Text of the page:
- If a boat is nearby, call out calmly, but loudly, for them to come to you. Stay as still as possible while waiting--as long as the shark is not actively attacking you--and get into the boat as quickly as possible once the boat reaches you.
- If you are near shore, swim quickly, but smoothly. Thrashing will attract the shark's attention. Erratic movements may also give the appearance that you are wounded, and a wounded animal is more attractive prey to a shark. Use the smooth reverse breast stroke. This will reduce splashing.
- Get medical attention. If you've been bitten, get treatment as soon as possible. Massive blood loss will occur, depending on where you've been bitten, so immediately take appropriate precautions, (including, if necessary, the use of a tourniquet), to stop the bleeding. Even if your wounds appear minor, it's essential to get yourself checked out.
- There is currently no credible "shark repellent" commercially available, although both an electronic device and a chemical that appears to be effective have been developed in the past few years. It may be available to consumers in the near future.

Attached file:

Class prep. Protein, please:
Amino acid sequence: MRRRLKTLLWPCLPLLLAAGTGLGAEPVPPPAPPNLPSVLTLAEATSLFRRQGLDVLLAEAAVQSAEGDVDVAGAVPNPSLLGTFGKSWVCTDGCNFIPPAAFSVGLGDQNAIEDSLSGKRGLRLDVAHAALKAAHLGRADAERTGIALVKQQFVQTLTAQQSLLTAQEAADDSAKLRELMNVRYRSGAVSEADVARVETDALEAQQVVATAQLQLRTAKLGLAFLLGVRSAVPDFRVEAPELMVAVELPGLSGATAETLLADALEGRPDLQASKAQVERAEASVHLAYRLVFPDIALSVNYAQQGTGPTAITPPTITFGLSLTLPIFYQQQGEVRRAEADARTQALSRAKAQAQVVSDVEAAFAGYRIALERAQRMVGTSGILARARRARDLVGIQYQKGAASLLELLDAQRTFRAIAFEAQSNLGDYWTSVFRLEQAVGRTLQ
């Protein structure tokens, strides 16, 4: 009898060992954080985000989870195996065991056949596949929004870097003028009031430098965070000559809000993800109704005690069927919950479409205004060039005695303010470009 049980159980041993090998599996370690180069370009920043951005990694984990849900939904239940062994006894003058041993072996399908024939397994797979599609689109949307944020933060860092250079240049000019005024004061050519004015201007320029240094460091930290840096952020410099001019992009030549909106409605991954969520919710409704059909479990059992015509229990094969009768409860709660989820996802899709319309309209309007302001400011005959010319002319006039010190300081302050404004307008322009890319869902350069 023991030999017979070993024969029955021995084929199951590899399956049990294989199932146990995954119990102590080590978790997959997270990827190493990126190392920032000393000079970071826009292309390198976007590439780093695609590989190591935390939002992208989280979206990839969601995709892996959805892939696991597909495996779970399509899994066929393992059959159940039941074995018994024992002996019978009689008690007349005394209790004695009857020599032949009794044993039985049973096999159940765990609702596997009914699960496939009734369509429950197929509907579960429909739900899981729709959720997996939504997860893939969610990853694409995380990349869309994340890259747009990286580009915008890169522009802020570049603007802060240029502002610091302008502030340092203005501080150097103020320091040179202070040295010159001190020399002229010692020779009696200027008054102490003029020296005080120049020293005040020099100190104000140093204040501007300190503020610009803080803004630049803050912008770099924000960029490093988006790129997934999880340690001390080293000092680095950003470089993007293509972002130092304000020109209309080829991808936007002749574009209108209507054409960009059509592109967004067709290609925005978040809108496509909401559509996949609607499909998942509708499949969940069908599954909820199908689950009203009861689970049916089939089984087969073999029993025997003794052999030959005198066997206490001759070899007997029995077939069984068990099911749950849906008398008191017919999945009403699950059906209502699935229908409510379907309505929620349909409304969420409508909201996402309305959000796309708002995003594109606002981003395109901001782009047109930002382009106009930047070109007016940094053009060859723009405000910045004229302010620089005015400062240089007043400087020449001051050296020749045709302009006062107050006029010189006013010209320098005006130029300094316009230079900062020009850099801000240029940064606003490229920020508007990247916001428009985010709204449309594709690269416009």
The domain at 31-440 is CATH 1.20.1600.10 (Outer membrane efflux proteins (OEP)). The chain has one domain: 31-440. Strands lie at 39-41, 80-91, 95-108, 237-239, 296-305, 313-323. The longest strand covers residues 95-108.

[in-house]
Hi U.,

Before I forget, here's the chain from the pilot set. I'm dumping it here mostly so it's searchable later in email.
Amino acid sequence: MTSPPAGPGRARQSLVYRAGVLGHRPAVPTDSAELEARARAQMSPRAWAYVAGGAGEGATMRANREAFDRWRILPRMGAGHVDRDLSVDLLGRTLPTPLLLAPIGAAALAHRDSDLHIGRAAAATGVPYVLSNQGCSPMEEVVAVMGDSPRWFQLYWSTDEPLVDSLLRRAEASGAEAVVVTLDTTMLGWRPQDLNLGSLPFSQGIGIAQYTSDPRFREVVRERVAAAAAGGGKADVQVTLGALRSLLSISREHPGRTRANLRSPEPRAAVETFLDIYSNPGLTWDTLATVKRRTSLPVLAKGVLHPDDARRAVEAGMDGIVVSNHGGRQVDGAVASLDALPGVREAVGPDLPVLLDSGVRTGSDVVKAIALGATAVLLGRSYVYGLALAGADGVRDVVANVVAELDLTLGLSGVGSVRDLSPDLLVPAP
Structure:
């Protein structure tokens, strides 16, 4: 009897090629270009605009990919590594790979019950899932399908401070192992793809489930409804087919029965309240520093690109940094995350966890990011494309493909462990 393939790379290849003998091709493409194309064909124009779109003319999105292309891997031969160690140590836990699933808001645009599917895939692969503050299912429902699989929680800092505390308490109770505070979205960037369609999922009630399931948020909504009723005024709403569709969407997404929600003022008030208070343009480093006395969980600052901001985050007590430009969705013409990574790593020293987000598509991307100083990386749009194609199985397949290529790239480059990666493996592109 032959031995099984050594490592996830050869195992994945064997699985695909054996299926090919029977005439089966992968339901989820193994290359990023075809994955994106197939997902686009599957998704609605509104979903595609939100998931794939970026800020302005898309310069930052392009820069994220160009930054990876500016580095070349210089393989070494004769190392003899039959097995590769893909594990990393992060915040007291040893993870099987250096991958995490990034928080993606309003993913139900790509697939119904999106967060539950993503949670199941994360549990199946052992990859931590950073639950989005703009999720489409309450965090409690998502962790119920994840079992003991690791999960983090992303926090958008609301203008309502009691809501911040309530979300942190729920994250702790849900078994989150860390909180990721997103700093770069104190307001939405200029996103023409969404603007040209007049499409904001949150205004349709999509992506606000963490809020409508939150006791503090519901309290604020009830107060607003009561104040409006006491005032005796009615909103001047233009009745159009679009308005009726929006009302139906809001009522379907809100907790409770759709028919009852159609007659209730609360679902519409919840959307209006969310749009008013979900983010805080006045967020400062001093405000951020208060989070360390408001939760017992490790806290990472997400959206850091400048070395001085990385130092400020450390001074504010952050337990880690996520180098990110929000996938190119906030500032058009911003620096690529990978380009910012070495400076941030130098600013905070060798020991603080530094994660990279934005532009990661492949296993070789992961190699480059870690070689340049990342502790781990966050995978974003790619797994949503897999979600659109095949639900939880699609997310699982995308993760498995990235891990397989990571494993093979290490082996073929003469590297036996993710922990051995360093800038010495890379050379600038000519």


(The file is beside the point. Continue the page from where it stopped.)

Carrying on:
- Keep pets out of the water. Their splashing and erratic movements, combined with their smaller size, may draw the attention of aggressive sharks.
- If you are diving and have fish or abalone, (when spearfishing, for example), do not tie your catch to your body. Make sure you can quickly and easily release the catch if you see a shark, and let your catch go and exit the area if a shark does show up. The shark is likely more interested in your fish than it is in you.
- Shark cages are effective, but they severely limit your ability to explore, and they're not useful for, or available to, most divers and recreationists.
- While sharks inhabit oceans all over the world, attacks are most frequent in Florida. Other "hotspots" include Australia, Hawaii, South Africa, and California.
- Avoid swimming in murky or dirty water as this can increase the chance of a shark mistaking you for one of their usual prey sources (turtles, seals etc).
- Avoid entering the water in early mornings or late evenings/night, as this is when sharks are generally most active with their feeding and tend to move closer inshore.
- Where there are seals, there are likely sharks. Avoid swimming or kayaking in coves where seals live.
Prevent a Shark Attack